Wednesday, May 03, 2006

Productive foreign workers

An article in the New York Times today exposes large scale abuse of foreign workers working in the apparel industry in Jordan. I mentioned yesterday that the government gave these same industries deferrals on implementing the new minimum wage rate, ostensibly because Jordanian workers are "less productive" than their foreign counterparts.

The article cites cases of excessively long working hours (20 hours per day), non payment of salaries and the holding of travel documents to prevent these workers from leaving.

Applying Jordanian labor laws stringently towards both Jordanian and guest workers is both a moral and an economic duty. It is unacceptable that these abuses continue under the pretence of encouraging investment.



At 6:46 PM, Blogger Rami said...

how long has this been going on for though? I met an Iraqi in 1999 whose wife was a dentist getting paid 45JD a month in one of those factories. I assume it was going on for a while by then.

how can the government and those sweat-shop owners have gone on for so long without anyone exposing them? those little islands of oppression (even in relative terms) are so well guarded - the owners exert suffocating control over the flow of information, the workers are foreign and are not part of the social network, the government(s) are most probably colluders in my opinion.

how come we allowed this in our country? because they are Bengali or Sri-Lankan it becomes OK to allow someone to oppress them while we protest the oppressor?

At 6:47 PM, Blogger Rami said...

"...we protest the oppressor? "

we certainly did not protest the oppressor, "protect" is what I wanted to say.

At 8:11 PM, Blogger Hatem Abunimeh said...

Every story has two sides and then the [truth] sits somewhere in the middle.
The report appears to be selective and doesn't present an objective view from both sides of the issue.
I think that the writer utilizes sensationalism to instigate his readers with the title " Sweat Shops in Jordan" What exactly does sweat shop means? The sweat shops that I'm familiar with in other parts of the world are allegedly employing minors and under age children, they also exploit women and young girls.
I didn't see any of these allegations about the Jordanian garment factories existing in the report.
It is possible that there are violations and these violations are festering, but I'm not sure that they rise to the level of "Sweat Shops"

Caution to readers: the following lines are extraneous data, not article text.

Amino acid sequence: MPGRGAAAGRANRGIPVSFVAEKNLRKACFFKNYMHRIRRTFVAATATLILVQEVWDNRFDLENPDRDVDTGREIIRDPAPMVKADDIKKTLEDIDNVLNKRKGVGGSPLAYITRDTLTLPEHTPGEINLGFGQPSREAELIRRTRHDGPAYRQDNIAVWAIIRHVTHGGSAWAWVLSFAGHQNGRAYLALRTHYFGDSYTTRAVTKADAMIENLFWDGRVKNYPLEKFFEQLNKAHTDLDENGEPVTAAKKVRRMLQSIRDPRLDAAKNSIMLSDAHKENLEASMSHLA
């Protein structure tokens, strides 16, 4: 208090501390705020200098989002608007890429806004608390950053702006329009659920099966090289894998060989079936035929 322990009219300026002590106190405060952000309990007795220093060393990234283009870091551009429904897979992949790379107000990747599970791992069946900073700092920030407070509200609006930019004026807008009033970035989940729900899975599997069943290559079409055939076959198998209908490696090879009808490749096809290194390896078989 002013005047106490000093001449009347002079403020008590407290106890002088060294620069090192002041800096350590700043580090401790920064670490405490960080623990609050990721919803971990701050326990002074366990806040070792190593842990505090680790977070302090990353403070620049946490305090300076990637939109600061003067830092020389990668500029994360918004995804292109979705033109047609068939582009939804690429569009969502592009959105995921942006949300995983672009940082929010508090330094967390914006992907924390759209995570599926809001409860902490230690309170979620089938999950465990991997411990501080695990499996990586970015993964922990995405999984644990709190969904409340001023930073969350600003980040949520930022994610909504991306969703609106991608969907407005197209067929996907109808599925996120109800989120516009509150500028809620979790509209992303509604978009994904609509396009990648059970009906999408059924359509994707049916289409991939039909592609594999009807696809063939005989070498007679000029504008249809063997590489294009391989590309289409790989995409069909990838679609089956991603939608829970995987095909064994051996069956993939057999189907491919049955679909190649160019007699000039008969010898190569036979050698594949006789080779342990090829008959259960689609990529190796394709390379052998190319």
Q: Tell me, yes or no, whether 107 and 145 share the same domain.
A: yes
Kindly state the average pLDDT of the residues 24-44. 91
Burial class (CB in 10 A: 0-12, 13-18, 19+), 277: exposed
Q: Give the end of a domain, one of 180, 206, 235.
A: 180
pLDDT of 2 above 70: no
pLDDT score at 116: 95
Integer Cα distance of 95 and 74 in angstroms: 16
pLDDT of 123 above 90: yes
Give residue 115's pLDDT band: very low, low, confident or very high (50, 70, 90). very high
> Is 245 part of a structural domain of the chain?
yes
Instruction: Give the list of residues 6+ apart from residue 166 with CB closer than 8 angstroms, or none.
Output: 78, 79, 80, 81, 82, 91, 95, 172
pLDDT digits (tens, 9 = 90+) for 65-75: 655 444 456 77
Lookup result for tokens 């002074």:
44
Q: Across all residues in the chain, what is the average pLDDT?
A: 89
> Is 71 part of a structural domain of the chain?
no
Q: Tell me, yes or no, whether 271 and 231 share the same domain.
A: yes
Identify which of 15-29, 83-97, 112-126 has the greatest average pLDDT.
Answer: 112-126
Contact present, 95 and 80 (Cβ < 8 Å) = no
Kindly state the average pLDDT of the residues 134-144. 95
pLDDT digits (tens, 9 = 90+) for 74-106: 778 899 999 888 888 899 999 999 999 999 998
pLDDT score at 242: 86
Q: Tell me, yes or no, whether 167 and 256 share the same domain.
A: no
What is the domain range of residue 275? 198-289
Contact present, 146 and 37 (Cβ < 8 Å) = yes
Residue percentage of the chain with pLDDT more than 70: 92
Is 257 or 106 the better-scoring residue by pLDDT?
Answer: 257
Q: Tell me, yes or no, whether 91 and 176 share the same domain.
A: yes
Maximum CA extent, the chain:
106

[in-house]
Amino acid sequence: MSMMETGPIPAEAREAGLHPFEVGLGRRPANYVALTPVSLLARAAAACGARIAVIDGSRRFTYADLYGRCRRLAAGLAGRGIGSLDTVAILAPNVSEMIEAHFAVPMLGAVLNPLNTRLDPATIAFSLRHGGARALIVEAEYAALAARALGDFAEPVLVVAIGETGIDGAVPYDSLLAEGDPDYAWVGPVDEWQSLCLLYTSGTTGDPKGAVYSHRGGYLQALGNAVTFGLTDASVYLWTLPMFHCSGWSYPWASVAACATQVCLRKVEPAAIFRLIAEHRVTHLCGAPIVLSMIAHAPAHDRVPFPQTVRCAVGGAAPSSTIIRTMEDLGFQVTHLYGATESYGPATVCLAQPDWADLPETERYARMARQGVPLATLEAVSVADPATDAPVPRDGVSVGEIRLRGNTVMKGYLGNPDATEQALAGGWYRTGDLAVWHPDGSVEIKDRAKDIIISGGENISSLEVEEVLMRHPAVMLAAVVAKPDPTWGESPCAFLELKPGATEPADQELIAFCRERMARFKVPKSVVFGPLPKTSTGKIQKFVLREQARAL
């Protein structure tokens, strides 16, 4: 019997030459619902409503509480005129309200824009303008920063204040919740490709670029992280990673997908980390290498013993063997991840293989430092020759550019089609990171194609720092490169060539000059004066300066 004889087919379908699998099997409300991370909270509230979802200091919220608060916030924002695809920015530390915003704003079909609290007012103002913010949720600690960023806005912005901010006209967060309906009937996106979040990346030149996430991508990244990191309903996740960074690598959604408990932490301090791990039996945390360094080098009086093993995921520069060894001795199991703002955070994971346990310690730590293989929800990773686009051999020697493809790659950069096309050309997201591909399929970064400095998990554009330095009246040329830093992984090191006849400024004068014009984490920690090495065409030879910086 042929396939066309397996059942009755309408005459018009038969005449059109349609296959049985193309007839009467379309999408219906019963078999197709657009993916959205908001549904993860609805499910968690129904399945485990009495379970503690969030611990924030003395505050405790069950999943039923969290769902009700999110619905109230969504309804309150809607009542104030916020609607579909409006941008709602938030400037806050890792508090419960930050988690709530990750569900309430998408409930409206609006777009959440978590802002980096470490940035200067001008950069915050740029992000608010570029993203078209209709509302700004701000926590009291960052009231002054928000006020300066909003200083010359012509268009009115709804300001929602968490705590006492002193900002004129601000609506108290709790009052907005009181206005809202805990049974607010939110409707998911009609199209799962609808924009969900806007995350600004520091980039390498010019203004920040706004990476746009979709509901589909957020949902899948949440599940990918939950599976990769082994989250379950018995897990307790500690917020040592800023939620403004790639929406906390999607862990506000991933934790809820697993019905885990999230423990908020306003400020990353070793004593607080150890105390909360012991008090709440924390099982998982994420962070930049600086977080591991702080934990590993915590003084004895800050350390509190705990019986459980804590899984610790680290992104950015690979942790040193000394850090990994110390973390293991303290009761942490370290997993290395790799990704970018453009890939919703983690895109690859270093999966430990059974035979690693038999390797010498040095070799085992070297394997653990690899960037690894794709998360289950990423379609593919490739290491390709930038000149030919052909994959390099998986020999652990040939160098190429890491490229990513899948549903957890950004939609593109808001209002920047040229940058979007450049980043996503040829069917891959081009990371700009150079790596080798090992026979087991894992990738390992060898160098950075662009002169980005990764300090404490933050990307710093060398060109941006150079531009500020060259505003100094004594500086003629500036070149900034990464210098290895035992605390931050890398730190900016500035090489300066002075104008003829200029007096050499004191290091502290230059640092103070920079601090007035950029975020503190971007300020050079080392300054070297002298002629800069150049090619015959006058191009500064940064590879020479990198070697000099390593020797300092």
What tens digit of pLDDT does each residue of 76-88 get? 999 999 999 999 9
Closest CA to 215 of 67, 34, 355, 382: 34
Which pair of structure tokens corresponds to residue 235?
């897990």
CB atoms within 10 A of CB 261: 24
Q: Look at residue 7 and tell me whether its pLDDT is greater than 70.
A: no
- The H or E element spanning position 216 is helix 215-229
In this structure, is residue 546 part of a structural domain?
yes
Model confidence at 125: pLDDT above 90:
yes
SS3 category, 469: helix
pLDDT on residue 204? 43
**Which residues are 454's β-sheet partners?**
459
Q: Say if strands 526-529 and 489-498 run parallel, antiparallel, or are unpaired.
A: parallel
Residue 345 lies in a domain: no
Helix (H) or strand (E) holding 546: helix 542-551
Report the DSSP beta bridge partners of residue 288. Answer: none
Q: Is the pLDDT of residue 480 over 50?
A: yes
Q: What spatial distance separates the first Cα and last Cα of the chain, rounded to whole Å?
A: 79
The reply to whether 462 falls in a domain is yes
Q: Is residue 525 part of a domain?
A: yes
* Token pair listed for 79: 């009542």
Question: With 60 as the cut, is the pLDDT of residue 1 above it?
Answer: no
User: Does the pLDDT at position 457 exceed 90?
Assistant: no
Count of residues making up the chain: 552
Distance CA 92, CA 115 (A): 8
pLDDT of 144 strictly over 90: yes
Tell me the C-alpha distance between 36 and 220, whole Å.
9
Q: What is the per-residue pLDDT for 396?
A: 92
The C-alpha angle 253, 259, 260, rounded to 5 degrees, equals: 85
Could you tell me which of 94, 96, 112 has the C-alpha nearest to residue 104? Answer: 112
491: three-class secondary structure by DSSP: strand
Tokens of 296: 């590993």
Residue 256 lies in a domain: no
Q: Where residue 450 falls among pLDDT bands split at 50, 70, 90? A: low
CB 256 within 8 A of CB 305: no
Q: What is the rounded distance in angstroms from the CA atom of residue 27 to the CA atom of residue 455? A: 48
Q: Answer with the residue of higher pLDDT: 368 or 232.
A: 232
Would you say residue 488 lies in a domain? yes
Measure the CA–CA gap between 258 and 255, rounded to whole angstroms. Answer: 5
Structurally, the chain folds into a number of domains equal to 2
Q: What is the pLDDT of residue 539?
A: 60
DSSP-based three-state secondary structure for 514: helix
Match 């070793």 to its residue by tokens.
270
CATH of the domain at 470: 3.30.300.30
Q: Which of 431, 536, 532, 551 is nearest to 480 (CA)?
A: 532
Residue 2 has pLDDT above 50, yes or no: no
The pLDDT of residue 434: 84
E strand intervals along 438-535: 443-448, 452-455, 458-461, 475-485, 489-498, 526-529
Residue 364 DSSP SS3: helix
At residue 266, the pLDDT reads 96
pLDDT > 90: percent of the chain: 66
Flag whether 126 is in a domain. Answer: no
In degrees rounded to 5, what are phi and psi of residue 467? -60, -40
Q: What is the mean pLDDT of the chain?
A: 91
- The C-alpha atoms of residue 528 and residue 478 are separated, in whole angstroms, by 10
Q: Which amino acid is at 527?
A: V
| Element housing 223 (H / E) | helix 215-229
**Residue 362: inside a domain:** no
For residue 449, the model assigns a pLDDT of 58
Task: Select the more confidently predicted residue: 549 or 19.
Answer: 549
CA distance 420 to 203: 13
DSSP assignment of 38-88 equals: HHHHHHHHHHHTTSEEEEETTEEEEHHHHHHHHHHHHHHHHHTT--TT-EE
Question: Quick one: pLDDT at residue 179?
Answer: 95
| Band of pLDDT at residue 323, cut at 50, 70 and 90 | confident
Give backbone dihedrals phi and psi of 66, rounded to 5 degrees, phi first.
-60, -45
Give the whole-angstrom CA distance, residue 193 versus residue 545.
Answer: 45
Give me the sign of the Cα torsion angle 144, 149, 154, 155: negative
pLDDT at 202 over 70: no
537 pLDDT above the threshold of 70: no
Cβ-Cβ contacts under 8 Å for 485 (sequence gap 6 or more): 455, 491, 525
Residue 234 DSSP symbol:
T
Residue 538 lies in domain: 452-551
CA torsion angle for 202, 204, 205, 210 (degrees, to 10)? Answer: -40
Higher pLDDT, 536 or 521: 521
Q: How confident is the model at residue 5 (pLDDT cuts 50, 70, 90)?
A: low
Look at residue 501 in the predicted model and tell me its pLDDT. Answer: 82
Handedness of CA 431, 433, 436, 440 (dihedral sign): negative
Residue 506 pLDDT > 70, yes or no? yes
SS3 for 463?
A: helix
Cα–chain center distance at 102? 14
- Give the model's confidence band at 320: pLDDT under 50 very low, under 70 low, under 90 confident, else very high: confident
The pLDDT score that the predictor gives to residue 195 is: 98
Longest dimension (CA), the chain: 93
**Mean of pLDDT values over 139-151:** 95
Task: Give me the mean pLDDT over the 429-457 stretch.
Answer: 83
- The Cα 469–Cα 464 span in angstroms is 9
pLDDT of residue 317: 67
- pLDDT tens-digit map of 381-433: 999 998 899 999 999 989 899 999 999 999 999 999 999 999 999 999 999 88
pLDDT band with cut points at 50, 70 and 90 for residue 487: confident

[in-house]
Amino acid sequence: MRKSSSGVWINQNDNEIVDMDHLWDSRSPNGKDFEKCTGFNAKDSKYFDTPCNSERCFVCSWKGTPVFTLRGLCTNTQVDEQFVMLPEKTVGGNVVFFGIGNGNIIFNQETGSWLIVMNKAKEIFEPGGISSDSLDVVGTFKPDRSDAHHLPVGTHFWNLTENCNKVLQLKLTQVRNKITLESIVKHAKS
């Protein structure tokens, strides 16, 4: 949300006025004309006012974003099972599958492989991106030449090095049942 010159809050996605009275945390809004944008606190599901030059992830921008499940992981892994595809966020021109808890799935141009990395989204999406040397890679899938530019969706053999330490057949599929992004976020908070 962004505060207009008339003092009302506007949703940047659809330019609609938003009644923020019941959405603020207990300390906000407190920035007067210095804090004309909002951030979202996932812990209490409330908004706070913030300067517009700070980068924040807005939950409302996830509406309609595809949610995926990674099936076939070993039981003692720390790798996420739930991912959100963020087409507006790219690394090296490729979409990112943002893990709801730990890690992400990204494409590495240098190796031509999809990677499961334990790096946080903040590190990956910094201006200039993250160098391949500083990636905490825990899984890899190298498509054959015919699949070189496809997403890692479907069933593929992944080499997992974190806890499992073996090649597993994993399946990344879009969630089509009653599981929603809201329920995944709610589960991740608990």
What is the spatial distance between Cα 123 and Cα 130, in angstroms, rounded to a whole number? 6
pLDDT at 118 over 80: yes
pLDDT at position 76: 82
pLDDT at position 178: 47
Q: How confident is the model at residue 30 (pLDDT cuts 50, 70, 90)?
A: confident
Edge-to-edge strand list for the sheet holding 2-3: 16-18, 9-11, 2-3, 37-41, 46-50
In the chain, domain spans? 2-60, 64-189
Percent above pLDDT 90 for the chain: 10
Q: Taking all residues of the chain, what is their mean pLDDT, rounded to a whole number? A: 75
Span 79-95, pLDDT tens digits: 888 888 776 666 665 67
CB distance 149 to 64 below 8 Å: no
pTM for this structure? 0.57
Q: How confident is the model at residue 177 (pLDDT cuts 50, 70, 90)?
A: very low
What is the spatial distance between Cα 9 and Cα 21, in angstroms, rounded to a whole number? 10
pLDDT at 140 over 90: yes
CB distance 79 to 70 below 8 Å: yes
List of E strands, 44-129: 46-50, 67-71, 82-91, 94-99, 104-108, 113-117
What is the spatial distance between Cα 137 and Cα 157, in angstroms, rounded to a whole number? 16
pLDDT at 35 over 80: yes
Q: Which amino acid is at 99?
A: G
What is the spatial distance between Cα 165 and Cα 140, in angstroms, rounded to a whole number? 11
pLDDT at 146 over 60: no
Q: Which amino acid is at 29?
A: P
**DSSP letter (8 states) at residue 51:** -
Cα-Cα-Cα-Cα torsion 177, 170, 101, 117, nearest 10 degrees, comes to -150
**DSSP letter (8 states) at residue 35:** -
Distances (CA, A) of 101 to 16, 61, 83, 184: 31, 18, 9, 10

I think that better monitoring mechanisms need to be put in place and I think that any hours over 40 per week needs to be paid at a premium wages, but that isn't for me to decide, but I hate to think that our business men and women have sunk to the level of dehumanizing and vilifying people of other countries.

At 8:28 PM, Blogger Khalaf said...

Hi Rami: I think that the issue is greed and not racial. Many Jordanians complain about treatment at these factories as well.

Hatem: I agree that there might be an element of sensationalism. However, making people work 90 hour weeks without overtime constitutes sweatshop conditions to me. Maybe the situation is exagerated, but even if it is partially true then something needs to be done about it.

At 8:58 PM, Blogger Rami said...

Hatem: have a look at this:

"connotes overcrowding, very low wages or piece work rates, child labor, long hours, and a low standard of workplace safety. It is also used to suggest that a workplace is physically or mentally abusive, or that it prevents workers from unionizing or advocating for their rights in other ways."

OR is the keyword. Any of those conditions existing constitutes a sweat shop.

How can you dismiss this article as "selective" and "utilizes sensationalism"? Have you ever met any of the workers there? Or visited the places to check?

At 9:59 PM, Blogger moi said...

Khalaf, I just blogged about this too and I hope you don't mind I quoted you. This is so disturbing, but I hope that Jordanian labor laws will be strictly enforced to protect all workers in our country. If there are improvements, then the media and organizations such as the NLC have done a commendable job of exposing the wrongs in our society.

At 12:19 AM, Blogger Natasha said...

I just quoted you as well on Mental Mayhem. What can we do without your highly informative blog;)

At 5:16 AM, Blogger Khalaf said...

Moi and Natasha: (blush)thank you.

At 6:54 PM, Anonymous Anonymous said...

Dear Khalaf,
Thank you for posting about this on your blog. We truly appreciate it. The more people are informed about these kinds of abuses and the more they care, the more pressure is applied on governments and companies around the world. Your blog is very interesting and highly informed. Keep it up!

In Solidarity,
Christine Clarke
National Labor Committee

At 7:53 PM, Blogger Khalaf said...

Hello Christine. Thank you for your kind words.


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